The Nuclear Industry Association (NIA) welcomes the chance to respond to the Environment Agency’s proposal to grant variations requested by the operator to the water discharge activity permit.
The NIA is the trade association and representative body for the civil nuclear industry in the UK. We represent around 270 companies operating across all aspects of the nuclear fuel cycle.
The Environment Agency is entirely correct to grant the proposed variation in particular to remove any references to an Acoustic Fish Deterrent (AFD) because an AFD would add cost to a project essential to our national drive for net zero and energy security and add risk to maintenance workers for a very marginal potential difference to local fish populations.
The Acoustic Fish Deterrent
We note that Hinkley Point C is making unprecedented efforts to protect local fish populations: the AFD was not the only proposed protection. The project will make use of Low Velocity Side Entry intake heads for cooling water, which will cut the overall risk of fish entrainment. It will also have a Fish Recovery and Return system to offer further protection for local species. These measures have been taken despite the fact that for decades, many power stations have taken cooling water from the Bristol Chanel with no detrimental effect on fish. This empirical evidence of the effect of thermal power generation supports and validates the Environment Agency’s proposed course of action.
In this context, requiring an Acoustic Fish Deterrent would be highly disproportionate and costly for a critical project. The Centre for Environment, Fisheries and Aquaculture Science (Cefas) has already provided evidence that demonstrated that the deterrent would not have a significant impact on protected species. The difference in fish mortality would be about the same as the catch of a small fishing boat. That is no reason to obstruct or add cost to a major national infrastructure project that is vital to the fight against climate change and will prevent much larger land areas being used for alternative forms of energy generation.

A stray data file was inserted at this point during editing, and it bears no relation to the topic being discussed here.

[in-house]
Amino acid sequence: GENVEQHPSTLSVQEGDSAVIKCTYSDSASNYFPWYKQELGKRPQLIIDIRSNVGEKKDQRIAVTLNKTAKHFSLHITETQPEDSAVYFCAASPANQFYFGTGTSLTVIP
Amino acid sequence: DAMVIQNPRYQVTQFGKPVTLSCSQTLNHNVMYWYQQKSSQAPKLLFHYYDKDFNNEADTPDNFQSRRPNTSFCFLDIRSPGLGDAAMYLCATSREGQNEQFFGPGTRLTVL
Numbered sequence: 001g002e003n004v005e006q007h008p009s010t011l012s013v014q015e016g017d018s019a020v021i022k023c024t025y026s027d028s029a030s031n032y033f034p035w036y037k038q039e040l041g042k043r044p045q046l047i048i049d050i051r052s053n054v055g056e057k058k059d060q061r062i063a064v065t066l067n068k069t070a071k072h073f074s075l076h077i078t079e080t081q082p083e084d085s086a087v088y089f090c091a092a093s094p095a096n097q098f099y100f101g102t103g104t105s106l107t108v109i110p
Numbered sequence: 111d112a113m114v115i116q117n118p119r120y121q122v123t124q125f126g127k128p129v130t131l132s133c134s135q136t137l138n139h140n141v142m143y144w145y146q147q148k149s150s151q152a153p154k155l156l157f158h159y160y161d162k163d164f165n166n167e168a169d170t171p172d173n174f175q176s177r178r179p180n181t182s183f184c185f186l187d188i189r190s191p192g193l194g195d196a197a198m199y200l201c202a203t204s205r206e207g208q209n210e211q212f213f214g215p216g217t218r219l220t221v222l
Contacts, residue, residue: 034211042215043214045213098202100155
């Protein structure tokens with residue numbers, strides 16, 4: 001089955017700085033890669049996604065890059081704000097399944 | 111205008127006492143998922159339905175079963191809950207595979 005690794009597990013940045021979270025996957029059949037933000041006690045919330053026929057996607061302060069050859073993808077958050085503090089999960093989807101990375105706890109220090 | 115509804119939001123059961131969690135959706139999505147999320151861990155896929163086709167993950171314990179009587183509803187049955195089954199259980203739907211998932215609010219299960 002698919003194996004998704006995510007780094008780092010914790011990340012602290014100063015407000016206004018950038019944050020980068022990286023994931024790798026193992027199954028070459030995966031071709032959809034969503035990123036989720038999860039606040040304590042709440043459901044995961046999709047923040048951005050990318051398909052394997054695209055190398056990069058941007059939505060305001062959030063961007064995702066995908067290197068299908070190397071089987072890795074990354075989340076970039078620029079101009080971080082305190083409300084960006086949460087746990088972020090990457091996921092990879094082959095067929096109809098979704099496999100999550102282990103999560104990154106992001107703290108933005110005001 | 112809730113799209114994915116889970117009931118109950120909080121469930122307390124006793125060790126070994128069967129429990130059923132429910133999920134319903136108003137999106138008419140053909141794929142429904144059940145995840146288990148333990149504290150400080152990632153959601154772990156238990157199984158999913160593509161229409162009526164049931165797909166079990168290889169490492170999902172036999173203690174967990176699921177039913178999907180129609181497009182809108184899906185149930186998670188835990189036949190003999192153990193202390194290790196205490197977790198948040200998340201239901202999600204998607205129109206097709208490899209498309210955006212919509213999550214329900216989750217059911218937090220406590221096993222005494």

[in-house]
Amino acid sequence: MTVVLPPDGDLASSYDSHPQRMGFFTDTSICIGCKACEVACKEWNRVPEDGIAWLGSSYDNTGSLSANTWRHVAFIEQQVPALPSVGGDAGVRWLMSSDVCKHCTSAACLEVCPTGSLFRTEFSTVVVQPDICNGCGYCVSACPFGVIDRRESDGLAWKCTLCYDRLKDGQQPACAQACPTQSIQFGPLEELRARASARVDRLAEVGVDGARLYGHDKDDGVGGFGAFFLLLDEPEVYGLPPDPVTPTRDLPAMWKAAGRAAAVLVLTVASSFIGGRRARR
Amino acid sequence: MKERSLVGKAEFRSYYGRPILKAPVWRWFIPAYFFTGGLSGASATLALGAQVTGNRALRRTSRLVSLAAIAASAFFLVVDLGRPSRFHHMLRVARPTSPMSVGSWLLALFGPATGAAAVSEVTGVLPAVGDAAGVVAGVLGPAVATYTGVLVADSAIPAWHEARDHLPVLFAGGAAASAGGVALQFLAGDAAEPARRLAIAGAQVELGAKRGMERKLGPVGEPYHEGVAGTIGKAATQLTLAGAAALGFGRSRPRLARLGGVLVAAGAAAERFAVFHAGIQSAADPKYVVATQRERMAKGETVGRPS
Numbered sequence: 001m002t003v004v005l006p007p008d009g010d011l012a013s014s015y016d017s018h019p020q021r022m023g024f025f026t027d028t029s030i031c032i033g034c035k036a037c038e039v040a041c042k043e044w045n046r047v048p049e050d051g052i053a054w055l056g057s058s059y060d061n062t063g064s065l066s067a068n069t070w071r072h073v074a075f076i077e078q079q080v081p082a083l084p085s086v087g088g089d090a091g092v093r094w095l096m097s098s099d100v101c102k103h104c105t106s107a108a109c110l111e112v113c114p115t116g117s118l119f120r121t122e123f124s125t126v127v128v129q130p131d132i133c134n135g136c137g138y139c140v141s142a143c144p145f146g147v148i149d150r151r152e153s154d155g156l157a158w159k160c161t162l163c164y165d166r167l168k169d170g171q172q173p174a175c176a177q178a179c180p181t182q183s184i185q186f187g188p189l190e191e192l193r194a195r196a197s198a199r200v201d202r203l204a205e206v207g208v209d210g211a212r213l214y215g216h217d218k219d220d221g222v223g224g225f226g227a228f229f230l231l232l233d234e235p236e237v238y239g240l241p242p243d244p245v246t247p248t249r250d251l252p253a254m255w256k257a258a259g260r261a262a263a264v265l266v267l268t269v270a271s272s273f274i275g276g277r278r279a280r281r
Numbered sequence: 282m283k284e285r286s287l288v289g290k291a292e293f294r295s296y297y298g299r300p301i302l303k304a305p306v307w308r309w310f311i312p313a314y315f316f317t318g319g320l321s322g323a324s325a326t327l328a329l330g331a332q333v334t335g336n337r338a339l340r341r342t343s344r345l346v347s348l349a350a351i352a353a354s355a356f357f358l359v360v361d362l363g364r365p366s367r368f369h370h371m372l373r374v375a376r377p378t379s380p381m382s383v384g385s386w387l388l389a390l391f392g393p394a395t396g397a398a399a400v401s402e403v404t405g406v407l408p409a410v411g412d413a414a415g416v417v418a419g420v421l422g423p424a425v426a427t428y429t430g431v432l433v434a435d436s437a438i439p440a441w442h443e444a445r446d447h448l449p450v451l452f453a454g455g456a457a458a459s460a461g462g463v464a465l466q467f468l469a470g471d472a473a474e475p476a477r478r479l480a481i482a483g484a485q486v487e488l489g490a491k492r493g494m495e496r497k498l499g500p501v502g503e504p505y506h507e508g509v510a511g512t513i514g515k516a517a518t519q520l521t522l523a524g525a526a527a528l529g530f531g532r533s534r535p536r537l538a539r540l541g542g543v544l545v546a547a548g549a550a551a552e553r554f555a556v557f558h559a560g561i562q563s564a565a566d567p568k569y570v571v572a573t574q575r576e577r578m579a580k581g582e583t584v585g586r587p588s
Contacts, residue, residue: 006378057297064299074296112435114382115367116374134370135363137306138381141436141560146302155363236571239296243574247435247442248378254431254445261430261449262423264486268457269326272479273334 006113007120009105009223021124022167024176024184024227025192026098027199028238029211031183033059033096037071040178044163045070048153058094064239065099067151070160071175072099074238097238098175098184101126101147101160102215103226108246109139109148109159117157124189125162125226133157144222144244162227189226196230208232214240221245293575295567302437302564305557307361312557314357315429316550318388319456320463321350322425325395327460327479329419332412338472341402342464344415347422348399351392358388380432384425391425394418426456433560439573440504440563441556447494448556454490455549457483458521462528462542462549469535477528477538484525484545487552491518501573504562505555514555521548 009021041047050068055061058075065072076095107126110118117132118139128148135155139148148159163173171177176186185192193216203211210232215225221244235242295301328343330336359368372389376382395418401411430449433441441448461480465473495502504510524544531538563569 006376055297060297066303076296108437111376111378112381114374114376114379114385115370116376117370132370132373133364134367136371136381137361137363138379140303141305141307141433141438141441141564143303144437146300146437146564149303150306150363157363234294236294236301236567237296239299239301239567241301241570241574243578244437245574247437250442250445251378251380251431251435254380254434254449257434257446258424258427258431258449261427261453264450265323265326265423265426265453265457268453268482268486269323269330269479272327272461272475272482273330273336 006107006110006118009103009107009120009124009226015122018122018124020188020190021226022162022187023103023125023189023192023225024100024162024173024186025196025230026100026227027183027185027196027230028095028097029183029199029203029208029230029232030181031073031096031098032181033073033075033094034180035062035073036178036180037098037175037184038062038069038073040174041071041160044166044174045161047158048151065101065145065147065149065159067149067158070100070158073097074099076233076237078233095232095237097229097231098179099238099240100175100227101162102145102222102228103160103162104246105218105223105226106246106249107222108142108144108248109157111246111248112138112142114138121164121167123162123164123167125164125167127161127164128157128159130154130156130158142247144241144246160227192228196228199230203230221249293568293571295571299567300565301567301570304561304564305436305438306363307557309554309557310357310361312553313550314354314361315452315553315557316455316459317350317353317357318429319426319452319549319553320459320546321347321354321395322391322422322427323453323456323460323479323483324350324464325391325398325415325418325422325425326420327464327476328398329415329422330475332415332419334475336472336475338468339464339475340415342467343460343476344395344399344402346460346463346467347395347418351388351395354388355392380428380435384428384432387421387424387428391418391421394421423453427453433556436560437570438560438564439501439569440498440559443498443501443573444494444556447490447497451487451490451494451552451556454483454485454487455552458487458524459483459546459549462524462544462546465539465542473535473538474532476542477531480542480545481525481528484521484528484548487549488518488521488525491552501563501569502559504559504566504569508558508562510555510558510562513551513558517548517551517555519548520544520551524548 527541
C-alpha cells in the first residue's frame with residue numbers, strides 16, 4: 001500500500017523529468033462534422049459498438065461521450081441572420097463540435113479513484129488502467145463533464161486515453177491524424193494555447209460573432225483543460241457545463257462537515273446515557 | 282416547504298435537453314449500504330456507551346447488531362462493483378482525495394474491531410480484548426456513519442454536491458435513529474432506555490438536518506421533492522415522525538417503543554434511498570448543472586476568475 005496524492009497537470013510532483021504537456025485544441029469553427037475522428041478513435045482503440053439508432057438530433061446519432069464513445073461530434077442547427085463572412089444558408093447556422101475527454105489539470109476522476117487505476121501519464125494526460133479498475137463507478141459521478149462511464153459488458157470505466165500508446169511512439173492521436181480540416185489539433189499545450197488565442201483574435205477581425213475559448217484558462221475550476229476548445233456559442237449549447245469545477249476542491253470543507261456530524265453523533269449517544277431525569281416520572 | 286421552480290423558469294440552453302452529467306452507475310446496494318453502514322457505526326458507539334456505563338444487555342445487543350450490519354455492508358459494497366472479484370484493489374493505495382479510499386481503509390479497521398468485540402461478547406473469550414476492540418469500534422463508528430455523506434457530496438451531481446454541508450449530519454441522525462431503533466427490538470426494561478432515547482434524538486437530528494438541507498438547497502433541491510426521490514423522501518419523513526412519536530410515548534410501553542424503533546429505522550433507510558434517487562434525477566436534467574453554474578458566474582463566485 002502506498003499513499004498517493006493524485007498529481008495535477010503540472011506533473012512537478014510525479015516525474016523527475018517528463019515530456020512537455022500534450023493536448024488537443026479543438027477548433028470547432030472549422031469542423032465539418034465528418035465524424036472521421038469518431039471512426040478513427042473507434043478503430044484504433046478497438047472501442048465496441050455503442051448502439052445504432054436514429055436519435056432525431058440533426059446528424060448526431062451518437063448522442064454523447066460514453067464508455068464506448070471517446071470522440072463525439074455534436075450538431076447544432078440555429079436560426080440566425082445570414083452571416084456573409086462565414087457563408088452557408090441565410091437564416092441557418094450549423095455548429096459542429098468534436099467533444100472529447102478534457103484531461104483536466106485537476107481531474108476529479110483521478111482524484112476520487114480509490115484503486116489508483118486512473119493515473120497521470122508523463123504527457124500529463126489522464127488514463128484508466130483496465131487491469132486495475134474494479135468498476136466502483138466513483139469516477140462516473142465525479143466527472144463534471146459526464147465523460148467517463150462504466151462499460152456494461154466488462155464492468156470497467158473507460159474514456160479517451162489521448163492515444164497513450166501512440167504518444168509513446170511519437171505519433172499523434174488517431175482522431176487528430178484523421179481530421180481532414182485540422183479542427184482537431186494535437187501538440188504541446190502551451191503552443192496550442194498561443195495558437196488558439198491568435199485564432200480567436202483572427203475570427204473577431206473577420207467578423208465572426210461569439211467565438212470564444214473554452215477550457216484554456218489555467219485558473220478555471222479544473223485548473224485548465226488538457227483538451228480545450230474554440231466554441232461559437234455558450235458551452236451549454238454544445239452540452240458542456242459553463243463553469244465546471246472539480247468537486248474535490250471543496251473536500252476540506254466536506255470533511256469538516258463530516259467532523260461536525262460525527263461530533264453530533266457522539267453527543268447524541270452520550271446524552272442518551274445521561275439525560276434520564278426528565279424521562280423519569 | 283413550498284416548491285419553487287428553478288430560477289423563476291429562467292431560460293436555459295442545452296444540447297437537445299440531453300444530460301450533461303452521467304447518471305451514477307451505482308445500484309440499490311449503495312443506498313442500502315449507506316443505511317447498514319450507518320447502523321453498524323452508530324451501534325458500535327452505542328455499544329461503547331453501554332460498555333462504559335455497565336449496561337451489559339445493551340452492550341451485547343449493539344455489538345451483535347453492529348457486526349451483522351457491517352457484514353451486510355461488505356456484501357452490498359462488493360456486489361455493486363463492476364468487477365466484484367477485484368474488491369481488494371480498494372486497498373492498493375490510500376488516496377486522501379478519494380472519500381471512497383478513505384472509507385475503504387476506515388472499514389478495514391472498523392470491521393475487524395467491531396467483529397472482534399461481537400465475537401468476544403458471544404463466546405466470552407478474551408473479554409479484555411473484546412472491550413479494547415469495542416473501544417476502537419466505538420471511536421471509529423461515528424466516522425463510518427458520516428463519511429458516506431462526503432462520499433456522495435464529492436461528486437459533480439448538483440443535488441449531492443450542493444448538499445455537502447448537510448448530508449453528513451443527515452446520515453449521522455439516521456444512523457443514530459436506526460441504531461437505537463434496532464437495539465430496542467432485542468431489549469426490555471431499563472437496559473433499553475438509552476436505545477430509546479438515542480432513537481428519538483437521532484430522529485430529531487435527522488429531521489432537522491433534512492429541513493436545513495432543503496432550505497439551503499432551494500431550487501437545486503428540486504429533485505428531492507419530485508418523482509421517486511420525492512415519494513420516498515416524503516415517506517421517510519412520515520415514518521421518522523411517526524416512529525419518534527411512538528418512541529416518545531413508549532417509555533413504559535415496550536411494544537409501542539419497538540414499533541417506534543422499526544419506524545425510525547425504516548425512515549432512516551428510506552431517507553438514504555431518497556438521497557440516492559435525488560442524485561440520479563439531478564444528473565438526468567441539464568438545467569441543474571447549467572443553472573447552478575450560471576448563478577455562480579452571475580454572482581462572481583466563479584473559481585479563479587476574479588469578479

Moreover, the maintenance of the equipment necessary to the AFD would pose risks for the divers responsible because the Bristol Channel has high tidal ranges and poor visibility. It is unacceptable in our view to add risks for humans involved in the operation of the station for such a small potential upside for local fish.
Nuclear and Biodiversity
There is also an overwhelming public interest in enabling a source of firm, low-carbon power generation to be brought into operation. Climate change presents the leading threat to the environment and to biodiversity: reducing greenhouse gas emissions is the most important thing we can do to benefit natural habitats of all kinds.
This power plant would save 9 million tonnes of emissions per year, for at least 60 years. If it were not to be brought into operation, we would still have to identify an alternative source of clean power generation to limit climate change’s effects on biodiversity. No other source of electricity, however, can replace what nuclear offers.
According to the United Nations Economic Commission for Europe (UNECE) 2022 study Carbon Neutrality in the UNECE Region: Integrated Life-cycle Assessment of Electricity Sources, nuclear has the lowest impact on ecosystems of any electricity generating source, even when the benefits of reducing emissions are ignored. This indicates that attempting to substitute for nuclear power generation would not have any benefit to biodiversity and could well create additional risk of harm.
The relevant tables from the UNECE report assessing the impact of different electricity generating technologies, with and without the benefits of emissions reduction, have been re-produced here:
The UNECE report also found that nuclear has the lowest land use of any electricity generating technology. The relevant table is re-produced here:
Hinkley Point C is exemplifies this: it will meet 7% of the country’s current electricity demand, or enough power for 6 million homes, from just a quarter of a square mile of operational land. Since land use is a key factor in impact on local species, this indicates that attempting to substitute for nuclear power generation would not have any net benefit to biodiversity and could well have greater impacts on ecosystems.
Given the marginal benefit of an AFD for the extra risks to humans involved, the strong and unprecedented measures already taken by Hinkley Point C to protect local species, and nuclear’s irreplaceable ability to provide clean energy from a minimal footprint , we repeat our strong endorsement of the Environment Agency’s intention to grant the permit variation.